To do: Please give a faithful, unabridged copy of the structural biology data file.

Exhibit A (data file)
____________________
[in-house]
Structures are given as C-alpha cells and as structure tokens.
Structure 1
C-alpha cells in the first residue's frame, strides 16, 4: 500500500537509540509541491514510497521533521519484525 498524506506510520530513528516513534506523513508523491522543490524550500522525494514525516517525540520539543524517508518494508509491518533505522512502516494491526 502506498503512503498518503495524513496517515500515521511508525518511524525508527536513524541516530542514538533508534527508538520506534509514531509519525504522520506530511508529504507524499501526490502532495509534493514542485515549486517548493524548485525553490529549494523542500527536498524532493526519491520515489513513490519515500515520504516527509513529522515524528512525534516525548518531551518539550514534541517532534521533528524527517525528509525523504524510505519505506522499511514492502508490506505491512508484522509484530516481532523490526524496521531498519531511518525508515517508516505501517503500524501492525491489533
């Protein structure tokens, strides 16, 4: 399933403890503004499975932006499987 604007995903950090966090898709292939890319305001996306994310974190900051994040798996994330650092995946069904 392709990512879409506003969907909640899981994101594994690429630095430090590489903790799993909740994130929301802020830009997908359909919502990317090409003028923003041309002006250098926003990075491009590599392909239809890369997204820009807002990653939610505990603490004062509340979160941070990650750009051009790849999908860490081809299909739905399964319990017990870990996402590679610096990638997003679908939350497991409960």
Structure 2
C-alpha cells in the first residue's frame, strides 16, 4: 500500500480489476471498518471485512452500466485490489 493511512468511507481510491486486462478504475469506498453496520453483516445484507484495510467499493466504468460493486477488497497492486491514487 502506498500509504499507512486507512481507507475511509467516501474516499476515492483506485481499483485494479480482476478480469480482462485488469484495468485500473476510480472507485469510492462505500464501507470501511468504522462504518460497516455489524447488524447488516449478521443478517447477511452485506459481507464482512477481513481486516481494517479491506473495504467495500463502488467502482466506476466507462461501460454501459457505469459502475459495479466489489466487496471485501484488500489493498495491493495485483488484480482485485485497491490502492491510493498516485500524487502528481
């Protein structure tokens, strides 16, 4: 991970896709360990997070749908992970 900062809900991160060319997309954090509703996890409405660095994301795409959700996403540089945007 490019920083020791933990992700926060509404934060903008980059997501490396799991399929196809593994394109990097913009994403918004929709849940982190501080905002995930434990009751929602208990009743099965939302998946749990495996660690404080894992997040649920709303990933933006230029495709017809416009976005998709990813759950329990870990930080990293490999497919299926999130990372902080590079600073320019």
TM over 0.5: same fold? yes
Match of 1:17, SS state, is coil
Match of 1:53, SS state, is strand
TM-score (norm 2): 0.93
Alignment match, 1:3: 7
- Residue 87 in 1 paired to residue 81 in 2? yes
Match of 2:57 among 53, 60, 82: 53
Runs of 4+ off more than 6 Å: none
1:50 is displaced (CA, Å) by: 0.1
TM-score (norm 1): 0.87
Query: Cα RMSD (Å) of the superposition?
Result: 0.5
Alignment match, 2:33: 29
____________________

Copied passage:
[in-house]
Structures are given as C-alpha cells and as structure tokens.
Structure 1
C-alpha cells in the first residue's frame, strides 16, 4: 500500500537509540509541491514510497521533521519484525 498524506506510520530513528516513534506523513508523491522543490524550500522525494514525516517525540520539543524517508518494508509491518533505522512502516494491526 502506498503512503498518503495524513496517515500515521511508525518511524525508527536513524541516530542514538533508534527508538520506534509514531509519525504522520506530511508529504507524499501526490502532495509534493514542485515549486517548493524548485525553490529549494523542500527536498524532493526519491520515489513513490519515500515520504516527509513529522515524528512525534516525548518531551518539550514534541517532534521533528524527517525528509525523504524510505519505506522499511514492502508490506505491512508484522509484530516481532523490526524496521531498519531511518525508515517508516505501517503500524501492525491489533
């Protein structure tokens, strides 16, 4: 399933403890503004499975932006499987 604007995903950090966090898709292939890319305001996306994310974190900051994040798996994330650092995946069904 392709990512879409506003969907909640899981994101594994690429630095430090590489903790799993909740994130929301802020830009997908359909919502990317090409003028923003041309002006250098926003990075491009590599392909239809890369997204820009807002990653939610505990603490004062509340979160941070990650750009051009790849999908860490081809299909739905399964319990017990870990996402590679610096990638997003679908939350497991409960």
Structure 2
C-alpha cells in the first residue's frame, strides 16, 4: 500500500480489476471498518471485512452500466485490489 493511512468511507481510491486486462478504475469506498453496520453483516445484507484495510467499493466504468460493486477488497497492486491514487 502506498500509504499507512486507512481507507475511509467516501474516499476515492483506485481499483485494479480482476478480469480482462485488469484495468485500473476510480472507485469510492462505500464501507470501511468504522462504518460497516455489524447488524447488516449478521443478517447477511452485506459481507464482512477481513481486516481494517479491506473495504467495500463502488467502482466506476466507462461501460454501459457505469459502475459495479466489489466487496471485501484488500489493498495491493495485483488484480482485485485497491490502492491510493498516485500524487502528481
């Protein structure tokens, strides 16, 4: 991970896709360990997070749908992970 900062809900991160060319997309954090509703996890409405660095994301795409959700996403540089945007 490019920083020791933990992700926060509404934060903008980059997501490396799991399929196809593994394109990097913009994403918004929709849940982190501080905002995930434990009751929602208990009743099965939302998946749990495996660690404080894992997040649920709303990933933006230029495709017809416009976005998709990813759950329990870990930080990293490999497919299926999130990372902080590079600073320019």
TM over 0.5: same fold? yes
Match of 1:17, SS state, is coil
Match of 1:53, SS state, is strand
TM-score (norm 2): 0.93
Alignment match, 1:3: 7
- Residue 87 in 1 paired to residue 81 in 2? yes
Match of 2:57 among 53, 60, 82: 53
Runs of 4+ off more than 6 Å: none
1:50 is displaced (CA, Å) by: 0.1
TM-score (norm 1): 0.87
Query: Cα RMSD (Å) of the superposition?
Result: 0.5
Alignment match, 2:33: 29